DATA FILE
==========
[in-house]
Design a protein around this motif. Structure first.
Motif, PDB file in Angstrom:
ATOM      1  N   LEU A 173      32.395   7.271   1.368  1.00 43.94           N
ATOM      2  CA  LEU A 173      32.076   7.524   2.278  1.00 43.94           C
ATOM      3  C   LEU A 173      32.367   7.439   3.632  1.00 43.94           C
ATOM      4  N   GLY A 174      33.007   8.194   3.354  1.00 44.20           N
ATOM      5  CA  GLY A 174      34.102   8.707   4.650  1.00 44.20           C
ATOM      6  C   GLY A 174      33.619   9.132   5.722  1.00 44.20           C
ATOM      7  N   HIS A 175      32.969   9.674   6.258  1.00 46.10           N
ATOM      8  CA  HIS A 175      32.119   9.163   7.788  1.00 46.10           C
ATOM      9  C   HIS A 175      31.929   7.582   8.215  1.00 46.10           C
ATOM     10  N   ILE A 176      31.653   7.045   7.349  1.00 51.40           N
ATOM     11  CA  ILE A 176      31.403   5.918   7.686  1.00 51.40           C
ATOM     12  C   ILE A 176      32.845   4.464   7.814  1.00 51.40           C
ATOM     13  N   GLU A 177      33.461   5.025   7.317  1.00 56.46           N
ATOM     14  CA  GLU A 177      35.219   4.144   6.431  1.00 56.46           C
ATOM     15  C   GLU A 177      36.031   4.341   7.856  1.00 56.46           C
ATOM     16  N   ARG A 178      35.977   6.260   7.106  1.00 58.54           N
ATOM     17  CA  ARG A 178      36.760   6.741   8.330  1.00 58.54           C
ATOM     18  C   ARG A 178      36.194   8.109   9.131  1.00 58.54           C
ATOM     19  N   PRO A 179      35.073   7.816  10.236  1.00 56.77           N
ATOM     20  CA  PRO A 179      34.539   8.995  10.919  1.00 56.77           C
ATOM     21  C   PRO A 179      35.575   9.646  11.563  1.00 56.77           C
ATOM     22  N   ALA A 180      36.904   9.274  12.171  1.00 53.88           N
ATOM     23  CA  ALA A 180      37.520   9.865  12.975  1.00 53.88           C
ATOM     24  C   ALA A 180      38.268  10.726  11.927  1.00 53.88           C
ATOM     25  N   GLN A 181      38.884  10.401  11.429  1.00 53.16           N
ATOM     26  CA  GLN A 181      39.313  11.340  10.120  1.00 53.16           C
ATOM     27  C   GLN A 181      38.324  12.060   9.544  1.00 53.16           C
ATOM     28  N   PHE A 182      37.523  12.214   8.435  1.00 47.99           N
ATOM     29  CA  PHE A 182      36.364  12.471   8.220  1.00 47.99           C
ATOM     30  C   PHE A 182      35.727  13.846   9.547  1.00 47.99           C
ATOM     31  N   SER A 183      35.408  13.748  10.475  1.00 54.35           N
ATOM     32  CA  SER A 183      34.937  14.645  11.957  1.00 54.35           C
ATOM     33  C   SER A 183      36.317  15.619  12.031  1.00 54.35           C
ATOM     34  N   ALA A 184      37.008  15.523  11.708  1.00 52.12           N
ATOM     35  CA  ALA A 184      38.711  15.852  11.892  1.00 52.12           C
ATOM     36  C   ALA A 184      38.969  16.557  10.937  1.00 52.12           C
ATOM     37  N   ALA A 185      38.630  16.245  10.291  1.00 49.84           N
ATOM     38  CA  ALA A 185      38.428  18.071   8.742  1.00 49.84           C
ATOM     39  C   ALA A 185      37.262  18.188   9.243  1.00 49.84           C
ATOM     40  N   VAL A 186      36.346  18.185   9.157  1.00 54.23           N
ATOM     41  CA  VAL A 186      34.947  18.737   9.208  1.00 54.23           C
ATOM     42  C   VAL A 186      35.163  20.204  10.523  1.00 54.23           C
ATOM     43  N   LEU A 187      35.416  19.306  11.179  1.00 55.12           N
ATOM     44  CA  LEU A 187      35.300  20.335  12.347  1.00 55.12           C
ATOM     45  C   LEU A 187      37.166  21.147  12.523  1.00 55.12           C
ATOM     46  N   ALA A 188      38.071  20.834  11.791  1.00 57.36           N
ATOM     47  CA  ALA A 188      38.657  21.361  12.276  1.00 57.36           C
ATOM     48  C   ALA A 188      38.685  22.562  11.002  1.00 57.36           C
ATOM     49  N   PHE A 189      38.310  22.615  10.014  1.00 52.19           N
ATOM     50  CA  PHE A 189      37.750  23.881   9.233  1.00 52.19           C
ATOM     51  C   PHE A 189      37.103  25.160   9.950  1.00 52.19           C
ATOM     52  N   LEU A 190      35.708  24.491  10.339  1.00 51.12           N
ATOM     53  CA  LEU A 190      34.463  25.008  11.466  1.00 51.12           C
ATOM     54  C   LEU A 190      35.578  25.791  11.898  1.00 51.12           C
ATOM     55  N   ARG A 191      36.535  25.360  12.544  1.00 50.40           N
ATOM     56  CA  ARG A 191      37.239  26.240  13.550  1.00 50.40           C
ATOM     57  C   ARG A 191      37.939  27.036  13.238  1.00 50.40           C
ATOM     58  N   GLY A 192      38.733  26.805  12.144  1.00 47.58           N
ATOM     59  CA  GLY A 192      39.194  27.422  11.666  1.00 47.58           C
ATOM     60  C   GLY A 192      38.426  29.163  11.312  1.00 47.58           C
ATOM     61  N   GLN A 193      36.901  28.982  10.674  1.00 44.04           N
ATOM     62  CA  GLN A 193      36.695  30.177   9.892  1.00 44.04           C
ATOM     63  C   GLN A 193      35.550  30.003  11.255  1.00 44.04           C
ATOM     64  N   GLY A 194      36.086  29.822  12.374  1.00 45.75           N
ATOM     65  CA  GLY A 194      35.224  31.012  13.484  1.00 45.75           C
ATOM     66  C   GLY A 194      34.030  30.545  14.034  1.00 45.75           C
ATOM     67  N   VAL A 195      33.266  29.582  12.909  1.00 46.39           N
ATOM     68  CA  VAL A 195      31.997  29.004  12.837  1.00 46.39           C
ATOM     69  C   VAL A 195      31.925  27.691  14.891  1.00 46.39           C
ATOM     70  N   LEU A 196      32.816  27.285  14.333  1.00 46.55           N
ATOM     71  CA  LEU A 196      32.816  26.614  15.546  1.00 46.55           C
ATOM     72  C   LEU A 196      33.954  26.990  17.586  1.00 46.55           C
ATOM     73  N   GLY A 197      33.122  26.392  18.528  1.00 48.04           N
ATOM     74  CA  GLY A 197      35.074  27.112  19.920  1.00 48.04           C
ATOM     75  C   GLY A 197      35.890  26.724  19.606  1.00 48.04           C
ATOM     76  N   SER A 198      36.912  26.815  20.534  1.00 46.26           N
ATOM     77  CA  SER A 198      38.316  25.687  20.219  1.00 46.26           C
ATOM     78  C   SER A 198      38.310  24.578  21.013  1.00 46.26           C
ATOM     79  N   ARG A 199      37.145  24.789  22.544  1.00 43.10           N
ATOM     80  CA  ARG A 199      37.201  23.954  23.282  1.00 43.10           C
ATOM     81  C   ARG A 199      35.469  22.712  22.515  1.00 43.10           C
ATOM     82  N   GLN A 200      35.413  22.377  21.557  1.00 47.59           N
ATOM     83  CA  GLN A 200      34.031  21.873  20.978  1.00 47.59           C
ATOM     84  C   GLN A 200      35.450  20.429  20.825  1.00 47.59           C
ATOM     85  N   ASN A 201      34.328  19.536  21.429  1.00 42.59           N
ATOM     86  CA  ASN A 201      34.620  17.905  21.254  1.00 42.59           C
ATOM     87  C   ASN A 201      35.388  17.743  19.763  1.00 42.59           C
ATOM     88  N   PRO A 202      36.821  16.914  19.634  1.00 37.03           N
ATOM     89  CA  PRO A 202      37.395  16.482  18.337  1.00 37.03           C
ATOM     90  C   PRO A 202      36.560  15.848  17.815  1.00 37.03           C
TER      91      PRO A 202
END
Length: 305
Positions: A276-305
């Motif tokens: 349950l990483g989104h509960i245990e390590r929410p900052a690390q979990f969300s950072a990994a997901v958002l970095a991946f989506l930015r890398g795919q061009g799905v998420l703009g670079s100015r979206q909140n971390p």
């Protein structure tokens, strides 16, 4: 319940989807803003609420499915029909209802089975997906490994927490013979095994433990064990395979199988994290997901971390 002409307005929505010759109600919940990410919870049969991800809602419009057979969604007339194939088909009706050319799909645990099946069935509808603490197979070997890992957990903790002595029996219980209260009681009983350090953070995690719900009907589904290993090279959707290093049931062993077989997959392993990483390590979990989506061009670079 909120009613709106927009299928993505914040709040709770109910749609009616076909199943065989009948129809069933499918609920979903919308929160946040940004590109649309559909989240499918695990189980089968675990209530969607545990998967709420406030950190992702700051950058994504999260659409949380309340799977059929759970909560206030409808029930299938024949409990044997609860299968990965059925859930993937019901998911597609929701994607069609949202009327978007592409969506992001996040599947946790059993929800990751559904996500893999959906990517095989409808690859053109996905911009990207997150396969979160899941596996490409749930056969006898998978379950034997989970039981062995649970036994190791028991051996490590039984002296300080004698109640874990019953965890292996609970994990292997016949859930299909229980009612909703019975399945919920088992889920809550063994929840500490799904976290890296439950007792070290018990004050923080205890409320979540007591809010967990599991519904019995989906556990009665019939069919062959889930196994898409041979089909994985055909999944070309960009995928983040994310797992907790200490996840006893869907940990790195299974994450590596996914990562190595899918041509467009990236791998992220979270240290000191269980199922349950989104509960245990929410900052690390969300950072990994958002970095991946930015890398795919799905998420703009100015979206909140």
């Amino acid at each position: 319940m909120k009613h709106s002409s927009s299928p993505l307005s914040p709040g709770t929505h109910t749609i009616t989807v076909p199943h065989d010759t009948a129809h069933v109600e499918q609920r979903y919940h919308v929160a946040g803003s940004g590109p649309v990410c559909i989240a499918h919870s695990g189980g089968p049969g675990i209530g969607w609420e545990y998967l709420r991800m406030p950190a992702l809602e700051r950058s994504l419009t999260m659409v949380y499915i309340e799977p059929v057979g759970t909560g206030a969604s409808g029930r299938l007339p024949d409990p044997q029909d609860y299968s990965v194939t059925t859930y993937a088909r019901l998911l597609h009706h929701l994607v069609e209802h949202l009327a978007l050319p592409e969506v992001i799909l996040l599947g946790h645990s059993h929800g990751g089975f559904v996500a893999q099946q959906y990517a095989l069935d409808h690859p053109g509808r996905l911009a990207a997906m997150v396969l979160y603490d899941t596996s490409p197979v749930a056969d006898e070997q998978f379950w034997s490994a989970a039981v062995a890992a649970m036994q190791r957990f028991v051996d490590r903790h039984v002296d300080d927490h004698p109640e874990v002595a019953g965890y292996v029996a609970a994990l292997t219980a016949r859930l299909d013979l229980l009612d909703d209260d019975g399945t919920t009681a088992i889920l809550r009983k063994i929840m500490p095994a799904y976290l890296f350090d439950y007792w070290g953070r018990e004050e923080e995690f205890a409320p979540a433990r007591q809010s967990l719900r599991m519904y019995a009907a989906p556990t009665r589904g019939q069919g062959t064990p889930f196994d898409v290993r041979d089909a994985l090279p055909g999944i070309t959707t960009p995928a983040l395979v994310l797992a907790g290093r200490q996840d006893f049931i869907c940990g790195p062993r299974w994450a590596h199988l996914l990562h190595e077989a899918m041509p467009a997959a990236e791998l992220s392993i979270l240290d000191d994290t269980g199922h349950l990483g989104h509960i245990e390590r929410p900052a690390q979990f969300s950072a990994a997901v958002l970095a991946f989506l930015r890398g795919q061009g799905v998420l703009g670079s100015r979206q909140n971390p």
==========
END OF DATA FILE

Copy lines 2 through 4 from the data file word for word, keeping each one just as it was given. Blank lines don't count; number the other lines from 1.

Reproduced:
Design a protein around this motif. Structure first.
Motif, PDB file in Angstrom:
ATOM      1  N   LEU A 173      32.395   7.271   1.368  1.00 43.94           N